• Lastly, once you exhausted the different options (think hard) or are to act quickly in order to survive, kill it. Ex: imminent danger (boar), no escape options.

The bottom line is: try to be compassionate and consider the other living organism, but don't endanger yourself. If you can be clever about it and avoid the situation, do it.

And yes, as @Alexander Rossa puts it: there is no "allowed/not allowed" - you are a sentient person, kind enough to think about veganism - the limit is yours to define


You are right that keeping the mouse inside is not hygienic: they poop everywhere, almost continually. As mentionned in comments, there are "different approaches for different vegans" (@Erica). Vegans and other people are not "allowed" this or that, they decide for themselves. Instead of asking if vegans are allowed to do this, you should ask:

Do I allow myself to kill a mouse in my house?

Veganism should be cruelty free, not harming animals as much as possible. For exemple you could kick a dog that attacks you even if you are vegan, but you wouldn't be resentful and hurt it more than necessary.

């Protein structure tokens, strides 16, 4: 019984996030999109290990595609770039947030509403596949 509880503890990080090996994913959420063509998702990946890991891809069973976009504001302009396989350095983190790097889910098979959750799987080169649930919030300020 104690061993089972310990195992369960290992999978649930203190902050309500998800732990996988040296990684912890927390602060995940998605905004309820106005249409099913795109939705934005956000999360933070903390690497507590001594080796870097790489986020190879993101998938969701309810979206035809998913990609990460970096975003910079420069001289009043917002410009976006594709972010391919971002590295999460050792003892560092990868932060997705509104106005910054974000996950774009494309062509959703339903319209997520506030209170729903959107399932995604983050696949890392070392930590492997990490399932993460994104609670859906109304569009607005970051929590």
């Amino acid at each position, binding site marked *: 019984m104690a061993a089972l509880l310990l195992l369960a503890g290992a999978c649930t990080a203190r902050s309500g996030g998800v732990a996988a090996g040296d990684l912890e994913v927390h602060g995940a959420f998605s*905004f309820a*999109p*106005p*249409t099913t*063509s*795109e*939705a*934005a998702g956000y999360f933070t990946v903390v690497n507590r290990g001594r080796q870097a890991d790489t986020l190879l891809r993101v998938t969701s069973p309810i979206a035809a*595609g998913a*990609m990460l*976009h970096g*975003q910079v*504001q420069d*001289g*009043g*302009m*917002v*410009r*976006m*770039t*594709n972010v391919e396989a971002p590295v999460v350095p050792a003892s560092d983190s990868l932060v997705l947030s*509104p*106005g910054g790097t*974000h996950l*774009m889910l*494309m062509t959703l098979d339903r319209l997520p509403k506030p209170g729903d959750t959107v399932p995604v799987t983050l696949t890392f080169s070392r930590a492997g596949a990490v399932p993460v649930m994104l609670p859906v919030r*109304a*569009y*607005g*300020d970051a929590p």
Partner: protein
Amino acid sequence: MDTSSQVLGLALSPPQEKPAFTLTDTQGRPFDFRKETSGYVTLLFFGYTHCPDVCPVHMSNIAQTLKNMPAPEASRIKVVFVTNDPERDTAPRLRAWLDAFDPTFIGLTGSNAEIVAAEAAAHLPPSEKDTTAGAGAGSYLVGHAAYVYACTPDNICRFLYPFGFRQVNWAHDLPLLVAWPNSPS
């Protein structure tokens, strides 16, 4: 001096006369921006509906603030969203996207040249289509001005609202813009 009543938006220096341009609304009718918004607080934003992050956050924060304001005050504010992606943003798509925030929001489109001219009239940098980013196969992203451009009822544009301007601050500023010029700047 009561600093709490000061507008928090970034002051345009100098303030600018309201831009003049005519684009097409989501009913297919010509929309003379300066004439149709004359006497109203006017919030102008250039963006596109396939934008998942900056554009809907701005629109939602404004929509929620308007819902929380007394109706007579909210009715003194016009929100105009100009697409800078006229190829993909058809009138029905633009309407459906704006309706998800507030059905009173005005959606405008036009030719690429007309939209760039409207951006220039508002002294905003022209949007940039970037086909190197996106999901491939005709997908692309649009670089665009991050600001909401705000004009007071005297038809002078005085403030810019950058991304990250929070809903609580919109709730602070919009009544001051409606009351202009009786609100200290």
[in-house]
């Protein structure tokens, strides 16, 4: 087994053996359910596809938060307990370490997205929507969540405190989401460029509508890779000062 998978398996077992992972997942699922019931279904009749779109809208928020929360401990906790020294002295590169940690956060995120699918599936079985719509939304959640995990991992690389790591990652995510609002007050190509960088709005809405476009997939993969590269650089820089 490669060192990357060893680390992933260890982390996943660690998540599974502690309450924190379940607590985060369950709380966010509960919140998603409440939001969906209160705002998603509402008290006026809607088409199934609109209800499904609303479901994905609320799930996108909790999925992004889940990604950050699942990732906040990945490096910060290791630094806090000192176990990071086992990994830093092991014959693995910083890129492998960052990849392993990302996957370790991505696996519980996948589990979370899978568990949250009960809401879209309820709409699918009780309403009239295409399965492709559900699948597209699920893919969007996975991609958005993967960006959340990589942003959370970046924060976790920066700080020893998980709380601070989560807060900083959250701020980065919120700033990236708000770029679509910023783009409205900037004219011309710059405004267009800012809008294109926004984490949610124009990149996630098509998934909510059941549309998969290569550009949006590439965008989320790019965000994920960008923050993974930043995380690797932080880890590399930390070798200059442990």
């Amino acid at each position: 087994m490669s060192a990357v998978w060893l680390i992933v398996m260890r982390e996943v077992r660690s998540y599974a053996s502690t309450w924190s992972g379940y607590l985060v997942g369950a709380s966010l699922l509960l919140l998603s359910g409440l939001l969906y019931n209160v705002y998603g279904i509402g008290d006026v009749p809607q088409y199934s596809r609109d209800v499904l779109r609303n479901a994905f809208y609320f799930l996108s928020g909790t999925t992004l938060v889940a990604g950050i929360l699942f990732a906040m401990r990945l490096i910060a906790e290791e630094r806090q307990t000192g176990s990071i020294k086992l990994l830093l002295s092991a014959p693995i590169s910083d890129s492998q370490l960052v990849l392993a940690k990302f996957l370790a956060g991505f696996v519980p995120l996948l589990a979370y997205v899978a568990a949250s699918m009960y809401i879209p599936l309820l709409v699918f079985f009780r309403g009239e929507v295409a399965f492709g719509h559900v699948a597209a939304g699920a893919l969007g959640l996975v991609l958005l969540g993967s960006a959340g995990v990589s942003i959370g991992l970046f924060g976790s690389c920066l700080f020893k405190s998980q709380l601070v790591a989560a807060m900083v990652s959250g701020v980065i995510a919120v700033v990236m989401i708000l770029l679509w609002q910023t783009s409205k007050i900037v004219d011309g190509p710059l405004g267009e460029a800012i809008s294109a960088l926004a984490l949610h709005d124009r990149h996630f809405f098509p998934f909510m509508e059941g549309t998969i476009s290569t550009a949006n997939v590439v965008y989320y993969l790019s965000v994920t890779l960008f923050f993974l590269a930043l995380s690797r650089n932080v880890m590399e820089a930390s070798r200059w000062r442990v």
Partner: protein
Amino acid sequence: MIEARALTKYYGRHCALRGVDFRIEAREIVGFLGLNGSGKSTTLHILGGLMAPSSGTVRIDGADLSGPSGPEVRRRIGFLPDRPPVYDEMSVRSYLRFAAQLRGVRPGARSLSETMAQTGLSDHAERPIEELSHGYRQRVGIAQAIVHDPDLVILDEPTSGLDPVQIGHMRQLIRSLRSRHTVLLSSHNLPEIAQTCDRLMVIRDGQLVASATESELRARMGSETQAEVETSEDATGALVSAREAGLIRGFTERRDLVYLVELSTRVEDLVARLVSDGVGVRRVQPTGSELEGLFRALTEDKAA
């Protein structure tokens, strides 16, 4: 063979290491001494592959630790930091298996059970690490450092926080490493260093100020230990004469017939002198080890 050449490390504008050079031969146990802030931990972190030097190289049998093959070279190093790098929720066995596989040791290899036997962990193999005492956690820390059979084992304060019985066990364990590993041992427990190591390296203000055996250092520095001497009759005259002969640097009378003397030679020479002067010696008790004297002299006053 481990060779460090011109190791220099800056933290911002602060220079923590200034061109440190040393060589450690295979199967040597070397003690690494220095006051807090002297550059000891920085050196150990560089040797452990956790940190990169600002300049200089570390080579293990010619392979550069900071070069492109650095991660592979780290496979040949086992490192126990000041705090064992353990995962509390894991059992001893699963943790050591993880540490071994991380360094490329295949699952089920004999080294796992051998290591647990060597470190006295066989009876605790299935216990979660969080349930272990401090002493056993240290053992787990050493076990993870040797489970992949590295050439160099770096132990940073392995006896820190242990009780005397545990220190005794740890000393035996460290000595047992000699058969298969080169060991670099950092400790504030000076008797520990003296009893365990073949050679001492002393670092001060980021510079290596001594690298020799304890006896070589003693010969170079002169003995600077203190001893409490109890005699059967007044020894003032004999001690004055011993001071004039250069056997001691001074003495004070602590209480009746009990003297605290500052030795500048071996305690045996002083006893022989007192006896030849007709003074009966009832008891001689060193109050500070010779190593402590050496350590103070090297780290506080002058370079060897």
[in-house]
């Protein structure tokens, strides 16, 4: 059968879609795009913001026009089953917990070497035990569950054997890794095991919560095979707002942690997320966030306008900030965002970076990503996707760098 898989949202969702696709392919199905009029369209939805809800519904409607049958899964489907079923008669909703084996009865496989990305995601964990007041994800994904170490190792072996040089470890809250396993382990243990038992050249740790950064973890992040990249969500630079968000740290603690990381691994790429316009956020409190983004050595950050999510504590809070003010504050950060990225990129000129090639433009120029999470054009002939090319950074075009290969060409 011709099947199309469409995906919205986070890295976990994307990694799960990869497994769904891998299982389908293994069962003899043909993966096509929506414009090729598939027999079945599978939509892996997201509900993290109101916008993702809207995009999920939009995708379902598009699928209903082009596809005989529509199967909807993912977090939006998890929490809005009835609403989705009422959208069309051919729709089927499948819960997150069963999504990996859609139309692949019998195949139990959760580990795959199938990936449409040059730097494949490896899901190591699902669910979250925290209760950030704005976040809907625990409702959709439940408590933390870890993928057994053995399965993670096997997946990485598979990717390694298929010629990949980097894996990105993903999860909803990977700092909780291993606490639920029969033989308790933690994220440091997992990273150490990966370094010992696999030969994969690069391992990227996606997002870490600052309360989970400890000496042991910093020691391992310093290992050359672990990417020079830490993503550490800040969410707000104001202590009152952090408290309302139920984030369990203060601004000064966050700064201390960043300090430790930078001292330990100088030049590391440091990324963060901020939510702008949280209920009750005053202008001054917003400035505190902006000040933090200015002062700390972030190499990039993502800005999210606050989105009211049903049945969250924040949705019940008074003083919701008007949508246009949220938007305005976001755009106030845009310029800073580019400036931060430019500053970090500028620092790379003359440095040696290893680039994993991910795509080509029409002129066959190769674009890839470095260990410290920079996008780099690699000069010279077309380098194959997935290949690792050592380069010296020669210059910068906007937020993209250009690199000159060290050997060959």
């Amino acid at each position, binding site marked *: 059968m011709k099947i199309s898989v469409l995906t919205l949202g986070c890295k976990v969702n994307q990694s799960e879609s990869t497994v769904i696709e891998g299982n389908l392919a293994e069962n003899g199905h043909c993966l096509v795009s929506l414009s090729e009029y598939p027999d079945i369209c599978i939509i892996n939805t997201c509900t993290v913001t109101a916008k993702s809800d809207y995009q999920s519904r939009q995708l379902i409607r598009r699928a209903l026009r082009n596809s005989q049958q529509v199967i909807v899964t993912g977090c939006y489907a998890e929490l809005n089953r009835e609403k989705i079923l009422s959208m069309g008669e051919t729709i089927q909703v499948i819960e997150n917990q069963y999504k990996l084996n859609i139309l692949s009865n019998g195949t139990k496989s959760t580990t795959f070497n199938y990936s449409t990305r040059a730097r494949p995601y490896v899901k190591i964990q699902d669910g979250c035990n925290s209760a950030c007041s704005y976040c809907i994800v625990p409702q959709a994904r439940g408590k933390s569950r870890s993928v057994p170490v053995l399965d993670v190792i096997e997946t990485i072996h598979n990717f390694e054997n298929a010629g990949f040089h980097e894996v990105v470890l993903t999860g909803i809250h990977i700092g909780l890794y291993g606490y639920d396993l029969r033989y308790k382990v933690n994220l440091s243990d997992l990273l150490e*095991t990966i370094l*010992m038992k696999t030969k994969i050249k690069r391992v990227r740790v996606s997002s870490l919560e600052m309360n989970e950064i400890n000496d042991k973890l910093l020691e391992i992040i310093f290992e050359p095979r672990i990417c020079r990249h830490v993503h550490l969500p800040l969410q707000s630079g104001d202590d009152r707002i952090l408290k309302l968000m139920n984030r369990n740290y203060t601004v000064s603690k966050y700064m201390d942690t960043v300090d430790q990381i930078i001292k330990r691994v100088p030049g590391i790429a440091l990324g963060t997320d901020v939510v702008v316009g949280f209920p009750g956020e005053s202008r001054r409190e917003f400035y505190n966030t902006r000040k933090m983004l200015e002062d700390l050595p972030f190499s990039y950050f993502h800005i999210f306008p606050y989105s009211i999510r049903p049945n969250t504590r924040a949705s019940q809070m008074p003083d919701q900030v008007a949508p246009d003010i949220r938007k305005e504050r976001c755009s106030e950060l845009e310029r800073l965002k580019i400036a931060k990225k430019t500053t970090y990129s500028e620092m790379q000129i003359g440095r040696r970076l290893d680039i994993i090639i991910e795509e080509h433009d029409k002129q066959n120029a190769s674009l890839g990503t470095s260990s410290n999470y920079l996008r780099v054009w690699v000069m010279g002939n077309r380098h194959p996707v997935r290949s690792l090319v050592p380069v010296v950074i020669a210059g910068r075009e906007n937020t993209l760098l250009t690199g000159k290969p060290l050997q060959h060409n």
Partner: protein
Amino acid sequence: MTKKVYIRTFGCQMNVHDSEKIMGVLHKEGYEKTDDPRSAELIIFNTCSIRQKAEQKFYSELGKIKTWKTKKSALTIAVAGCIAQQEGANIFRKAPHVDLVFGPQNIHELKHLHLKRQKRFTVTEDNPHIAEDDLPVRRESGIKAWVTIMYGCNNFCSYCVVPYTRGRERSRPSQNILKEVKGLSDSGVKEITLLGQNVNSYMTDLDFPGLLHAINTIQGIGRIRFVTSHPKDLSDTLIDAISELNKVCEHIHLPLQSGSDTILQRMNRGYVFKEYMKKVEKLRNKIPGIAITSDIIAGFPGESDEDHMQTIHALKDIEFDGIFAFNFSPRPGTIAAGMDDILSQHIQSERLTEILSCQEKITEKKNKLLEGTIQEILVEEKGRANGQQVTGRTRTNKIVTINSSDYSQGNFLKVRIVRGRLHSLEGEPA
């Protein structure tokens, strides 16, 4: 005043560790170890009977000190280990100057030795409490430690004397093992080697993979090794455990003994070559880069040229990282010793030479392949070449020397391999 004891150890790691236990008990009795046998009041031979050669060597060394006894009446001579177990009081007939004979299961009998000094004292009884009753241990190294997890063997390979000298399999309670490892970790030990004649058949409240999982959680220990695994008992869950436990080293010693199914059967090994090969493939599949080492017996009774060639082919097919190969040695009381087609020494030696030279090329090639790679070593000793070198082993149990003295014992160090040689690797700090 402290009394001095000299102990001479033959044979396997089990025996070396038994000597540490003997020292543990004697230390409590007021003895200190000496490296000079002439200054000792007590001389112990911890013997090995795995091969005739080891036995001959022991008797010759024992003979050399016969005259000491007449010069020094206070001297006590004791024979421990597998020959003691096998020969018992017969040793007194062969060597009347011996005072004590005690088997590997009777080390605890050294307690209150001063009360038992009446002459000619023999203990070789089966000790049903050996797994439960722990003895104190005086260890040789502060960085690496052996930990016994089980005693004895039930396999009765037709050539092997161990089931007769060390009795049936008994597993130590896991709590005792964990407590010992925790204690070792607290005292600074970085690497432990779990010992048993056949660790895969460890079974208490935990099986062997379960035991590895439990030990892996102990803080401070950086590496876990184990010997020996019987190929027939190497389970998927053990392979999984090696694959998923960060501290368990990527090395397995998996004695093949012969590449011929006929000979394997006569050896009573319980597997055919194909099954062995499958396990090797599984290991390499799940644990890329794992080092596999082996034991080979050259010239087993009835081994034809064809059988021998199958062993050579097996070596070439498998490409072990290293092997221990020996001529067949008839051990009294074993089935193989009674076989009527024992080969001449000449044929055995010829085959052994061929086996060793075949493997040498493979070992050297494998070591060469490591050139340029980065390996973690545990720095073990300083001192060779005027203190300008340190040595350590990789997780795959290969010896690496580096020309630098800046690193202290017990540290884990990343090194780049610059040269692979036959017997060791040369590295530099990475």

You should try to find what is your ethical standpoint about this mouse. See this quote from another question on another stackexchange site, it might resonate with you :

First is the truth that being a nuisance is a far lesser evil than murder in cold-blood... the mouse has the moral higher ground over the mouse-trapper.

Second is the truth that you don't want to be murdered yourself; knowing this, how can you contemplate it for a fellow being?

source: https://buddhism.stackexchange.com/questions/10465/how-not-to-kill-the-mouse-in-my-house

A mouse might enter a house in search of: heat, dryness, food, comfort.

If you decide that you don't allow yourself to kill the mouse: